Mar. 23—In her seventh year on the County Council — with well over a decade of public school teaching experience — Jessica Fitzwater will formally announce she is running for county executive Wednesday evening.
Fitzwater (D) said during an hour-long interview Monday she is running because she is invested in the Frederick County community and wants to continue her collaborative approach as a council member in the county's top government post.
Fitzwater is the first candidate of either political party to officially announce an intention to run for county executive. The primaries will be held June 28, 2022, and the general election is Nov. 8, 2022.
"It might be the teacher in me, that lifelong learning kind of approach that I take with my students," Fitzwater said. "I seek out information, I ask questions, I take the time to listen to all sides. And I really feel strongly that we need a leader that will use that same approach."
Fitzwater, 37, credits her parents for getting involved in public service — they aren't necessarily political, but through volunteering and local outreach, they demonstrated the power of being involved in the community.
She said Livable Frederick — the county's long-term planning document introduced by current County Executive Jan Gardner (D) — is a valuable "recipe book" to deal not only with traditional planning issues like growth, but also areas like affordable housing, public health disparities and expanding an already strong, diversified economy.
Representing County Council District 4 — the eastern side of Frederick, along with parts of Oakdale and Lake Linganore — Fitzwater has not shied away from controversial issues during her time in office.
She has been critical of the 287(g) program run by Sheriff Chuck Jenkins (R), where sheriff's deputies are trained by Immigration and Customs Enforcement to check the immigration status of anyone booked into the county's detention center and begin deportation proceedings if deemed necessary.
Some political observers have suggested the county executive or council members withhold or decrease funding from the sheriff's office as a show of opposition to 287(g).
But the sheriff's office is a separately elected office with autonomy over its own budget, policy and other decisions, Fitzwater said. So if a future county executive were to cut from the sheriff's budget, that doesn't mean Jenkins or a future sheriff couldn't reallocate funds to the 287(g) program, she added.
Future action likely hinges on if Jenkins is re-elected as sheriff next year or if someone replaces him and what their priorities are. One of the options a future county executive and County Council could pursue is creating a county police force, thus taking some law enforcement power away from the sheriff.
"I am not close-minded to anything that would improve public safety in our community," Fitzwater said of that latter possibility.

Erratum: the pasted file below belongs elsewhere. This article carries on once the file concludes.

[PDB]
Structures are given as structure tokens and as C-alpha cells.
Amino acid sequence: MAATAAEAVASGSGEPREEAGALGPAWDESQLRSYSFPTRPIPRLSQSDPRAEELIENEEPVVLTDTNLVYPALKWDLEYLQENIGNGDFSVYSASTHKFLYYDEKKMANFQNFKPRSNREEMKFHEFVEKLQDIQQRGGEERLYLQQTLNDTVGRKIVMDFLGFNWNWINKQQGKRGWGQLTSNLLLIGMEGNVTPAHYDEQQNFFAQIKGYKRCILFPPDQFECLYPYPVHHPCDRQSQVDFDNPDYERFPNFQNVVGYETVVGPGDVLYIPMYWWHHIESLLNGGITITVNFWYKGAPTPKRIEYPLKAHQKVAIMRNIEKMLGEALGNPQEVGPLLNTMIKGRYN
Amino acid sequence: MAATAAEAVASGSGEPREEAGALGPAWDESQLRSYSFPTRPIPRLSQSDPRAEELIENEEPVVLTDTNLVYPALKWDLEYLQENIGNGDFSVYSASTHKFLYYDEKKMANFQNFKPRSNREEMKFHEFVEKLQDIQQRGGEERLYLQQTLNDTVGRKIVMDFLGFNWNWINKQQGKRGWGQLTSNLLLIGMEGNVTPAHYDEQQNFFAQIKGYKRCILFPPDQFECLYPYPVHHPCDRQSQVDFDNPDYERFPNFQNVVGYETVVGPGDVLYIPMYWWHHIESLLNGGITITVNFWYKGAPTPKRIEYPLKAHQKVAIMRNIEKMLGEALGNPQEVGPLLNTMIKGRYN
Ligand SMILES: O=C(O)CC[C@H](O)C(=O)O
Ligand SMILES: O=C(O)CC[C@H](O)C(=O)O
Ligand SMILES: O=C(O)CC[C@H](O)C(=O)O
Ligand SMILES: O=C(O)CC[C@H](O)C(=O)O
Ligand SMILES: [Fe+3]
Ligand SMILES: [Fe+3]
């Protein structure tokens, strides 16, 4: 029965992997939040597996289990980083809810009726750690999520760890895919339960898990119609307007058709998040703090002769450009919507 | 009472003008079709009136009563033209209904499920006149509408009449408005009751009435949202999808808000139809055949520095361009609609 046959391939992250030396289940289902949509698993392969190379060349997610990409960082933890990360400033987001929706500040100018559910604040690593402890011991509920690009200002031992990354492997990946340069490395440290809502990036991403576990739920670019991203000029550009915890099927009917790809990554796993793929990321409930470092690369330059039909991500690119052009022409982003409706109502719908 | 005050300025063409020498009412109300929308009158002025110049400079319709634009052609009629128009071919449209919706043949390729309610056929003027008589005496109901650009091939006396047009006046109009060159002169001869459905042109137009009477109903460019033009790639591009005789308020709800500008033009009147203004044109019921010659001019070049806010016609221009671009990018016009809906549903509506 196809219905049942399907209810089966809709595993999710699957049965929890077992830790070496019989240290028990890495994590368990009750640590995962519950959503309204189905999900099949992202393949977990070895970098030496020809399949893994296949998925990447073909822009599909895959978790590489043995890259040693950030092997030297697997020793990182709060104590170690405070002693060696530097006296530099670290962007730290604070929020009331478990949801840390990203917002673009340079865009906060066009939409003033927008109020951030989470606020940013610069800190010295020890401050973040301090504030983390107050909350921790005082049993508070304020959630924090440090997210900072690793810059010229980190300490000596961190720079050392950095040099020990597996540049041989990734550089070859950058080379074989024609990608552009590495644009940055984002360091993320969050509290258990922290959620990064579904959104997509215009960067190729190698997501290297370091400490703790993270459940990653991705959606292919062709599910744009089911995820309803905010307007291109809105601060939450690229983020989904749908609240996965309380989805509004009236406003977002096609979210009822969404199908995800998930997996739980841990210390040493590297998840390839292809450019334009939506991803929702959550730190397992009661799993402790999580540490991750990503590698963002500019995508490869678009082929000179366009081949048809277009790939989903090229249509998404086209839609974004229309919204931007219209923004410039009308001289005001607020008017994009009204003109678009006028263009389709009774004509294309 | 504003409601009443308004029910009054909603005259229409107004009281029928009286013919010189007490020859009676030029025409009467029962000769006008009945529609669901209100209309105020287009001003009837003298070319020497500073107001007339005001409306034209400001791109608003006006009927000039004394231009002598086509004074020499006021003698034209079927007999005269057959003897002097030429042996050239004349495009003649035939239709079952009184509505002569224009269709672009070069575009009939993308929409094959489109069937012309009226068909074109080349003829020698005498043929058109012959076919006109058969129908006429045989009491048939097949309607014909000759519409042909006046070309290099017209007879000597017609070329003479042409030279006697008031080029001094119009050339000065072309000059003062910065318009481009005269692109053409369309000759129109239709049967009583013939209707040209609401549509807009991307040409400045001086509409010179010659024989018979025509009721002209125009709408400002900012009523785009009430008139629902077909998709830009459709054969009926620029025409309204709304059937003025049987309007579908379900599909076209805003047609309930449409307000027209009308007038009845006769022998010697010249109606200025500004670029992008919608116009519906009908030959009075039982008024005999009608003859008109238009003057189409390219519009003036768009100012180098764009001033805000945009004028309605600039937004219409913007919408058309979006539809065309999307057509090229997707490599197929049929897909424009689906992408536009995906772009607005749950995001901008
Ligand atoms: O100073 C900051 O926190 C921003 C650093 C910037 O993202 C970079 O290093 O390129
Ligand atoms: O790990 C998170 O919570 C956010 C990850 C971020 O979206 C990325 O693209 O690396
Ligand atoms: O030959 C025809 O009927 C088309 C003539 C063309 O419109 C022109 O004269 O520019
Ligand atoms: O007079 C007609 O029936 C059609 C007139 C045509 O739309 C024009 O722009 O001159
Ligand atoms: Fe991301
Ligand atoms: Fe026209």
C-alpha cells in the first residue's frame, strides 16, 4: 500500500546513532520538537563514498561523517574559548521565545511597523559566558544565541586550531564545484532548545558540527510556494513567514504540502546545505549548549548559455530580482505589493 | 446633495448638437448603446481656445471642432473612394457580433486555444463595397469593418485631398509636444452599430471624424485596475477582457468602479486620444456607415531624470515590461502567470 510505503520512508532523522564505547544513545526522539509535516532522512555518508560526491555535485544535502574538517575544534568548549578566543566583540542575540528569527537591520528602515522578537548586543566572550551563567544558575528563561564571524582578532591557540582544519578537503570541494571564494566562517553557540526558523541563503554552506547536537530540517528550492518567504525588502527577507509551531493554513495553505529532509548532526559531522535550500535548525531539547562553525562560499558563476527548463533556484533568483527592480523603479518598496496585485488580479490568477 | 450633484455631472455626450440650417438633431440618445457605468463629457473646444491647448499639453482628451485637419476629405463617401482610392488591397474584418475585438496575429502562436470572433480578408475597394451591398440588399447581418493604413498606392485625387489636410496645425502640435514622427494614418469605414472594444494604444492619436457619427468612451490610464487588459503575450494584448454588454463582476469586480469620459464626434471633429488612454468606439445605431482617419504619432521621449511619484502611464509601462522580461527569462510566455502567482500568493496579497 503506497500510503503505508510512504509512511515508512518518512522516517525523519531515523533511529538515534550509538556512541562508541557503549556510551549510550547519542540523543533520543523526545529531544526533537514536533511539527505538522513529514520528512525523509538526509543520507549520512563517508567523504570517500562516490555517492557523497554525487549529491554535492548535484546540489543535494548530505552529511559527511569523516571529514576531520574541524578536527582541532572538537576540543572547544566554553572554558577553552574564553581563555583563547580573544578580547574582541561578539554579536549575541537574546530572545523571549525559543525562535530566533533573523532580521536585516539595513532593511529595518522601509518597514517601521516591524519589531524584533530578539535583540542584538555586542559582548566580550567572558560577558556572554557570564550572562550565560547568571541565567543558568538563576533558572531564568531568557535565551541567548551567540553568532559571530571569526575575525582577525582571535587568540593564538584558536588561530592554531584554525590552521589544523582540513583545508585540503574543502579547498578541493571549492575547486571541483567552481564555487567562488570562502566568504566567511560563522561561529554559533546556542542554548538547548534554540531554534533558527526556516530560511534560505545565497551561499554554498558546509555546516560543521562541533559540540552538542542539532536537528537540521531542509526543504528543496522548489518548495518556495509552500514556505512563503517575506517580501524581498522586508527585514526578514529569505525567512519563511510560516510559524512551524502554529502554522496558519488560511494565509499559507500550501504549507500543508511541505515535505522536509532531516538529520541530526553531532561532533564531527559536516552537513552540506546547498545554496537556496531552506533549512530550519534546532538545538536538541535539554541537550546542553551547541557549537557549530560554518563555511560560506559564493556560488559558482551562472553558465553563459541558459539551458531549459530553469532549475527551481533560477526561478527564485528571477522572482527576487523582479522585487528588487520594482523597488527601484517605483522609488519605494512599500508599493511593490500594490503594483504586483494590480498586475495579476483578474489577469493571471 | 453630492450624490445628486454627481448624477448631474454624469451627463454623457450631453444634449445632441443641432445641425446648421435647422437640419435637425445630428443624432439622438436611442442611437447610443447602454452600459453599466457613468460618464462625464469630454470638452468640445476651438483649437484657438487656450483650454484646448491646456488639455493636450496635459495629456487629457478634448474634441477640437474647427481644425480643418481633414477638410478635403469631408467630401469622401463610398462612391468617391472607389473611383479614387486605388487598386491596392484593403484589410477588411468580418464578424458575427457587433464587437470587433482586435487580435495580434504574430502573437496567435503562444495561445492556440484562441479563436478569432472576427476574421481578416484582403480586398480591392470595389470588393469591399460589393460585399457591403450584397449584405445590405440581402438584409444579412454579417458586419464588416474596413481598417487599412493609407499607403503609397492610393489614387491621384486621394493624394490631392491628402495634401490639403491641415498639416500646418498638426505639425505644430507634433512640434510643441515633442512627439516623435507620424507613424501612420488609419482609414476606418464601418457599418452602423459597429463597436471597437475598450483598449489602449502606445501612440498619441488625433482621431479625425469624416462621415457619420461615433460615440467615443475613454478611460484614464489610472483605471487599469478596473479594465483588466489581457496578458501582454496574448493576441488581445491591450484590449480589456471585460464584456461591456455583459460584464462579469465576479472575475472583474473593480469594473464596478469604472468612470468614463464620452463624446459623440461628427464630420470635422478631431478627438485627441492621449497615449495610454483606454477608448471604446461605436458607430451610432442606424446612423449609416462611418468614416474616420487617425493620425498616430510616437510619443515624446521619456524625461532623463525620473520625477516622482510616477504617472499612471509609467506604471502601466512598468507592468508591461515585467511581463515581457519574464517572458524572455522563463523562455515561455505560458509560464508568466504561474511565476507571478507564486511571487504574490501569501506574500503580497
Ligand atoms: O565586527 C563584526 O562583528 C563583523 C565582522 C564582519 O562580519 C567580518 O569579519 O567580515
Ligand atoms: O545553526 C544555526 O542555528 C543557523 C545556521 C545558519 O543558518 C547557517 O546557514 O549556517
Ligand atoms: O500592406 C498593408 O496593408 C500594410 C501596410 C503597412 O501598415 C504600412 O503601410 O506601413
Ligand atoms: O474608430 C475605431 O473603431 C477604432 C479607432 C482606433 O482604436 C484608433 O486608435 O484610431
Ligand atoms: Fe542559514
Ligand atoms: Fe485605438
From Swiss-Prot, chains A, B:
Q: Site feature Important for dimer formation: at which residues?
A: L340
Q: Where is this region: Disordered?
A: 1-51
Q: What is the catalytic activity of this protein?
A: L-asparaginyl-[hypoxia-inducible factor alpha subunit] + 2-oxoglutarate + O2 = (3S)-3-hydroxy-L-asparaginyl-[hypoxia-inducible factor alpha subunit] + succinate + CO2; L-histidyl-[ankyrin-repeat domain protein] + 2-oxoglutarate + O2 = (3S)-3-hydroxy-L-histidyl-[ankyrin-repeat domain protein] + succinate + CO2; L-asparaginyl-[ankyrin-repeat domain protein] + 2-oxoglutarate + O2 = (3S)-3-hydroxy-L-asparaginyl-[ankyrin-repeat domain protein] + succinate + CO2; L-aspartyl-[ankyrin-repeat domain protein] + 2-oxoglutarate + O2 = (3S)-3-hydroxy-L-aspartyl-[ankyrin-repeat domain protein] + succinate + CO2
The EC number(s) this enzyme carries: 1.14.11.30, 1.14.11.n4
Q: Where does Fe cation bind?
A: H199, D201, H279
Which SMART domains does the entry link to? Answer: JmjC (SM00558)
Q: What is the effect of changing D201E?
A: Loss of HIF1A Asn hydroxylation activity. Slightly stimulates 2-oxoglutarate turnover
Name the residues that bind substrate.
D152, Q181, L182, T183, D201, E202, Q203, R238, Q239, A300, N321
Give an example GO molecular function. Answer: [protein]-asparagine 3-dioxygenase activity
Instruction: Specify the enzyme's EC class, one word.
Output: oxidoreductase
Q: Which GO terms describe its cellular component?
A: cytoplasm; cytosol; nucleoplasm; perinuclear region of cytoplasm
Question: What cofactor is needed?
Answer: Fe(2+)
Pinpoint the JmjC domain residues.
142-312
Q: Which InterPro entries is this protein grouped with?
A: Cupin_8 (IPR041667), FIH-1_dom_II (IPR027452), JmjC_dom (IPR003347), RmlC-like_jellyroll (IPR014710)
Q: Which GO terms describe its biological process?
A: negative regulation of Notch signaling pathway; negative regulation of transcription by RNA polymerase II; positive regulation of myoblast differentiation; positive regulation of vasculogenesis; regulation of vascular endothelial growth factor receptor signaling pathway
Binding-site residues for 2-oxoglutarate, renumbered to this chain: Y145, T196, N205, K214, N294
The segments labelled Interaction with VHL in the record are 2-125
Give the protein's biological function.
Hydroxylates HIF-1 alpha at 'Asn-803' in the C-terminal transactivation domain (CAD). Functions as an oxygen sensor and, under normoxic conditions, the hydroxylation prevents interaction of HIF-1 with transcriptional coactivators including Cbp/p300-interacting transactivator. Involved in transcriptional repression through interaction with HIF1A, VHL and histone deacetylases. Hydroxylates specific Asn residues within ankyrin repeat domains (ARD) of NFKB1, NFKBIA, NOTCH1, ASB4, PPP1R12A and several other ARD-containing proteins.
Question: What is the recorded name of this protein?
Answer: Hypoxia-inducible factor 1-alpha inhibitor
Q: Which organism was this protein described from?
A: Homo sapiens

She also was involved in implementing Question D with the county's firefighters union, which set up collective bargaining and a binding arbitration process. More than 70 percent of voters supported that ballot issue in 2018.
Fitzwater was happy with the process and corresponding legislation, noting it provides more opportunities for the county's firefighters to negotiate at the bargaining table.
The International Association of Firefighters Local 3666 (IAFF 3666) announced recently they would continue to challenge the legislation in court. They note the ability for the county council to cut from a neutral arbitrator's decision does not meet the requirements of the charter amendment.
"You never please everybody," Fitzwater said. "If you go into running for office thinking you're going to please everybody, you're going to be very disappointed."
Angela Spencer, former chair of the Human Relations Commission, has worked with Fitzwater on issues related to that group and has seen her in various other venues countywide.
Spencer, who lives in the Ballenger Creek area, said Fitzwater is fully invested in the community and looks forward to her campaign.
"I am very excited for her with this challenge she is about to embark on," Spencer said. "I believe what Jessica has presented to the community over the years is a true investment ... and genuine concern for everyone in the Frederick County area."
Kavonte Duckett, who first met Fitzwater in 2014 and has run for County Council himself, pointed to Fitzwater's collaborative approach as an asset to county government.
"She's willing to listen across the aisle, and that's a big piece, especially in today's political climate," Duckett said.
In many ways, Fitzwater said, her day job as a public school teacher has prepared her for this campaign, as the world of education is "highly politicized." Many decisions about education are made by elected officials, stemming from the local Board of Education to county council members to state or federal representatives, she added.
"I learned very early that I needed to pay attention to what the decision makers were doing," Fitzwater said. "If I wanted to stand up for my school and my students and my colleagues, I really needed to pay attention to what our elected officials were doing.
"And that's what really got me interested in local government in the first place, because I wanted to know what was going on."
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